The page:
Maldonado was close to Massachusetts jihadists Tarek Mehanna and Ahmed Abu Samra, who also pursued their paths to radicalization through blogs and Internet forums. Abu Samra eventually tried to join al Qaeda in Iraq. Mehanna was arrested and is awaiting trial for providing material support to terrorists.

Khan's blog (hosted at revolution.muslimpad.com) is believed to be the inspiration for Revolution Muslim, a radical spinoff from ITS that spawned some of the biggest American jihadi characters of the past three years, most notably Zachary Chesser. Now in prison, Chesser's rise to prominence was capped by the threatening of the creators of South Park in April 2010 over a story line involving the depiction of the Prophet Mohammed.

In 2004, Khan moved with his parents to Charlotte, North Carolina, where he continued his online exploits in his parent's basement. As the Iraq war was increasing getting more violent, Khan's postings became more extreme as he posted content from al Qaeda's affiliate in Iraq. At one point, his parents were so concerned about his obsessive use of the Internet that they sometimes unplugged it.

Prior to his departure to Yemen, in early 2009, Khan started his foray into larger publishing and independently released, edited, and wrote for a new online jihadi magazine titled Jihad Recollections. Although it only lasted four issues, it was a precursor to the more popular Inspire magazine that he helped edit with Awlaki. It also helped lower the bar for aspiring jihadists, especially for native English-language speakers. For instance, Mohamed Osman Mohamud, who was arrested in November 2010 for the Portland Christmas-tree-lighting plot, wrote an article for Jihad Recollections -- as did Jesse Morton, a co-founder of Revolution Muslim. Mohamud later submitted an article to Inspire.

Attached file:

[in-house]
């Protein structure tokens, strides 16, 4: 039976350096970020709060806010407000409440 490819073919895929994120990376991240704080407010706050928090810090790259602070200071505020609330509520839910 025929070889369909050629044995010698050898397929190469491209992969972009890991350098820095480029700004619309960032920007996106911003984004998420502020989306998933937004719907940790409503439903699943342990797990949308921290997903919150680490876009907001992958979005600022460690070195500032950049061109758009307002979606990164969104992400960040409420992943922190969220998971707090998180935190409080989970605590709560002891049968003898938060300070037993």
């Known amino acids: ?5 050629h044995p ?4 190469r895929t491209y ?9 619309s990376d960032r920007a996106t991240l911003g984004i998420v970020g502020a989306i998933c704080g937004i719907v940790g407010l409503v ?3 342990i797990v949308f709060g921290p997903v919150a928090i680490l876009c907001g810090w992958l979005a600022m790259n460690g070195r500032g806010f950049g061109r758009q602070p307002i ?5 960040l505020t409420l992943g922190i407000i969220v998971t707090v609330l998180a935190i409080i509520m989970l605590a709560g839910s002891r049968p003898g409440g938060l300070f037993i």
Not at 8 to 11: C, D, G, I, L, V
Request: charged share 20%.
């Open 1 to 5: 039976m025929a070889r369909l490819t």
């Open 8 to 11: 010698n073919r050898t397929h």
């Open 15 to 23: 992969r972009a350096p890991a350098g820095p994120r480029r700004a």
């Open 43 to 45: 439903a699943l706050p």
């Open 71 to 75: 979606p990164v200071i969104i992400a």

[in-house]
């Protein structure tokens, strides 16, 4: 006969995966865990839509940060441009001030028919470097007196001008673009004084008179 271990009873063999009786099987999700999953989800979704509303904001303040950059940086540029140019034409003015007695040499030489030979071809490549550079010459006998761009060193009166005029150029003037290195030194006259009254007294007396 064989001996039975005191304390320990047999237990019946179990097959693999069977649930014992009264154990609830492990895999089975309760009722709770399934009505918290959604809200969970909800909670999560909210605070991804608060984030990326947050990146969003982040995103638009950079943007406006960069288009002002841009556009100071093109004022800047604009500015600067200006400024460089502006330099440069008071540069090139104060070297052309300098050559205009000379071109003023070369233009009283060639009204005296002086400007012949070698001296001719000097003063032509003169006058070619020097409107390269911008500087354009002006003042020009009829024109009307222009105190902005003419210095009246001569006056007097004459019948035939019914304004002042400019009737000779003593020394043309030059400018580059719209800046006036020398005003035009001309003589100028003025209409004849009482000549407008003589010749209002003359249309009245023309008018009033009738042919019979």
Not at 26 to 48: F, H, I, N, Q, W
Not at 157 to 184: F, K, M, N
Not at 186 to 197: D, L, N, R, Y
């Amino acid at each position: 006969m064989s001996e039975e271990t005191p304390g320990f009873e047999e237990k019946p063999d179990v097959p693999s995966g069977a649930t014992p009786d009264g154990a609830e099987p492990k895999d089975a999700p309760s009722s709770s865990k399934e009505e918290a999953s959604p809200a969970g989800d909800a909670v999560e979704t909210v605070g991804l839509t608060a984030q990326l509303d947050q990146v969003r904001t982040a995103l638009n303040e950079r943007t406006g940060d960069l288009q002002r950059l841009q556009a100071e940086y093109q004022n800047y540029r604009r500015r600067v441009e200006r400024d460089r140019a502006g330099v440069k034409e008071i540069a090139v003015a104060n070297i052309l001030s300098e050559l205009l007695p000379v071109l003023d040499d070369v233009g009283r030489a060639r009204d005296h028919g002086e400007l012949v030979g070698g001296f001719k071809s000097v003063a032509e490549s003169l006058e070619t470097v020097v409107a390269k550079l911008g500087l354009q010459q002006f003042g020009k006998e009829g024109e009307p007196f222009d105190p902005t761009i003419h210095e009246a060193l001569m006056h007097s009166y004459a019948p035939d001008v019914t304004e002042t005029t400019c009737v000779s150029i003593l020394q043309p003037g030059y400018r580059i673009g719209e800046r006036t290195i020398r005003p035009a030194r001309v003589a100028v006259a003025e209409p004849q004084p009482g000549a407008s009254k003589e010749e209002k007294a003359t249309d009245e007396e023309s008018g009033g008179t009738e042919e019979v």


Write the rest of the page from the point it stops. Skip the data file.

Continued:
Khan moved to Yemen in October 2009. It's still unclear whether it was because he had been tapped by Awlaki to come over, but it's likely he was feeling the heat from U.S. counterterrorism officials -- many of his online friends had, by this time, been arrested. Once in Yemen, Khan helped edit and write articles for Inspire magazine, which has released seven issues since June 2010, the latest earlier this week. Many experts see the most recent issue as a bit of a dud due to the lack of content compared with the previous six issues. But, in retrospect, it is probably a bit thin because Khan and others were on the run from U.S drones.

Khan's provocative style in Inspire caught the attention of the media, though, with titles such as "How to Make a Bomb in the Kitchen of Your Mom," "The Ultimate Mowing Machine," and "I Am Proud to Be a Traitor to America." Indeed, Inspire even lived up to its name, having been found in the apartments and computers of some American jihadi plotters over the past year. An Inspire article was also used as a bomb-building guide by Naser Abdo, who failed in an attempt at a second Fort Hood attack.